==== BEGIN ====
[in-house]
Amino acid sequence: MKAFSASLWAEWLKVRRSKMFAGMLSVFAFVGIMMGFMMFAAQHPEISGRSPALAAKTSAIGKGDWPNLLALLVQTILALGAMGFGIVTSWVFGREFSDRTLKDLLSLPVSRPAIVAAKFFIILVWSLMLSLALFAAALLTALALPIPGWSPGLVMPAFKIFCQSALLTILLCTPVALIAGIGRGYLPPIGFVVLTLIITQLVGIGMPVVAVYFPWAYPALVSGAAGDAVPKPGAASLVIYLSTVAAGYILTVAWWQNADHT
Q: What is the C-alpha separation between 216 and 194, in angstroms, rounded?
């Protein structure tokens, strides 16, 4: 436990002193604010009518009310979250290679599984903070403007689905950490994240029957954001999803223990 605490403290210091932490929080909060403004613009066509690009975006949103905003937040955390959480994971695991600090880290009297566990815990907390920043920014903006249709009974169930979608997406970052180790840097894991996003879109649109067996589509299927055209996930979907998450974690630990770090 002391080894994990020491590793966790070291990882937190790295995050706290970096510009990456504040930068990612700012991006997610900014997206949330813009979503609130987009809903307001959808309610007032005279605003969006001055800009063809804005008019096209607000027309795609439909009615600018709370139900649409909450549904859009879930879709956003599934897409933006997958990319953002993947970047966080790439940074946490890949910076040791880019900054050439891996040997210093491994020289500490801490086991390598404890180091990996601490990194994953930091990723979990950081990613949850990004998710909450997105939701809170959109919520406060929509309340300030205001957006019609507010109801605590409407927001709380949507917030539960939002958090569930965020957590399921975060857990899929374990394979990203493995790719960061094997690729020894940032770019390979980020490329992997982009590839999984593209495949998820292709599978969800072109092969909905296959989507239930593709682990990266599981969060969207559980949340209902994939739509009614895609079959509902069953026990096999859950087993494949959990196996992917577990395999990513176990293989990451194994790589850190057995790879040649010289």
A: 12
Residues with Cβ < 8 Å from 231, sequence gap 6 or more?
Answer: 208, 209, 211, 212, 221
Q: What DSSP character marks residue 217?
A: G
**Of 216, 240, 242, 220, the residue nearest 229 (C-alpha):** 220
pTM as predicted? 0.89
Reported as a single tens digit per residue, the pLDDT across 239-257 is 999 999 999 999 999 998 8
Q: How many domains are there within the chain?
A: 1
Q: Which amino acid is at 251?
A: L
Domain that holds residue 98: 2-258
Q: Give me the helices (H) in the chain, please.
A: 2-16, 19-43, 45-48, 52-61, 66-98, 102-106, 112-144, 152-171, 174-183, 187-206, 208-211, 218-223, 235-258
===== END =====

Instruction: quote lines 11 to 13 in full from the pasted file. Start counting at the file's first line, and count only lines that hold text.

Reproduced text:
pTM as predicted? 0.89
Reported as a single tens digit per residue, the pLDDT across 239-257 is 999 999 999 999 999 998 8
Q: How many domains are there within the chain?